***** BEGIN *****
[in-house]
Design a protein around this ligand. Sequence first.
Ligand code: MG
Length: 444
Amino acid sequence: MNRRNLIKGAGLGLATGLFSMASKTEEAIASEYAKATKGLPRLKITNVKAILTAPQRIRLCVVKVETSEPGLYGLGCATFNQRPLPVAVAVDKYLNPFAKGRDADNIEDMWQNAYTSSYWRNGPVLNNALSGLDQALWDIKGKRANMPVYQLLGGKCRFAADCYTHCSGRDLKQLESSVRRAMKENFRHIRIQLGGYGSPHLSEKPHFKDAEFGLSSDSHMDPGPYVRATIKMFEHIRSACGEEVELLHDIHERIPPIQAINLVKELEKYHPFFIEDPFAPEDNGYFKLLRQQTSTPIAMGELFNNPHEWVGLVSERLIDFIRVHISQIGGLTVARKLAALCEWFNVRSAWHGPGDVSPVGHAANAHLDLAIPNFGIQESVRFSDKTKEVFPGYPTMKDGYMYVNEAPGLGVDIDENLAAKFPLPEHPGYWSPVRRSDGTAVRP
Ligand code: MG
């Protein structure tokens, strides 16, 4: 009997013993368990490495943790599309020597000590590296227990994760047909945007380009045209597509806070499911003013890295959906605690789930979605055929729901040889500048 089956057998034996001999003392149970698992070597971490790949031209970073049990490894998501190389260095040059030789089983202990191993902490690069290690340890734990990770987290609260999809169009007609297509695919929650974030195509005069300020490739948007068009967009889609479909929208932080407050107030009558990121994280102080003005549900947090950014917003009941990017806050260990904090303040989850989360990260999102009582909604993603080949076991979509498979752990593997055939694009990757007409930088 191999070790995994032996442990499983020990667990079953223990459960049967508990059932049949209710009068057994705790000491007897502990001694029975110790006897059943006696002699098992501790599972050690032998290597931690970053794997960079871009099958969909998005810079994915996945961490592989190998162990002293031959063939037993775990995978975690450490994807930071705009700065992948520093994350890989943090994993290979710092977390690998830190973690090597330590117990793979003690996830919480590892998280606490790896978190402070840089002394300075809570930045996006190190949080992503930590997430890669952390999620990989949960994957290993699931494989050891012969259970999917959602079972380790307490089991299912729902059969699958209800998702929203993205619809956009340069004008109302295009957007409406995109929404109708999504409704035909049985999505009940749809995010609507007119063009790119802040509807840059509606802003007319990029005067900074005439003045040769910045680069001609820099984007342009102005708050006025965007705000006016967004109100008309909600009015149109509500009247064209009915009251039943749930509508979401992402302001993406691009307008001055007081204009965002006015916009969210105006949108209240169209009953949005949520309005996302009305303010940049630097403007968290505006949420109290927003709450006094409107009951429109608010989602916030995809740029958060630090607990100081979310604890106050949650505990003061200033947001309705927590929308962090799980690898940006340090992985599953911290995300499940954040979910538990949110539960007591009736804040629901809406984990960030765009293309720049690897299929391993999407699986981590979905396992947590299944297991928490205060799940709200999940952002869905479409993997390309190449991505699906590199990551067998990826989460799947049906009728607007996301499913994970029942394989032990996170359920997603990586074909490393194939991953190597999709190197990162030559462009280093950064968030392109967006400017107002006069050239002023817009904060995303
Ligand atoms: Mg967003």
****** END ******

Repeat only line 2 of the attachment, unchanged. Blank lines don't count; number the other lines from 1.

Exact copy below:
Design a protein around this ligand. Sequence first.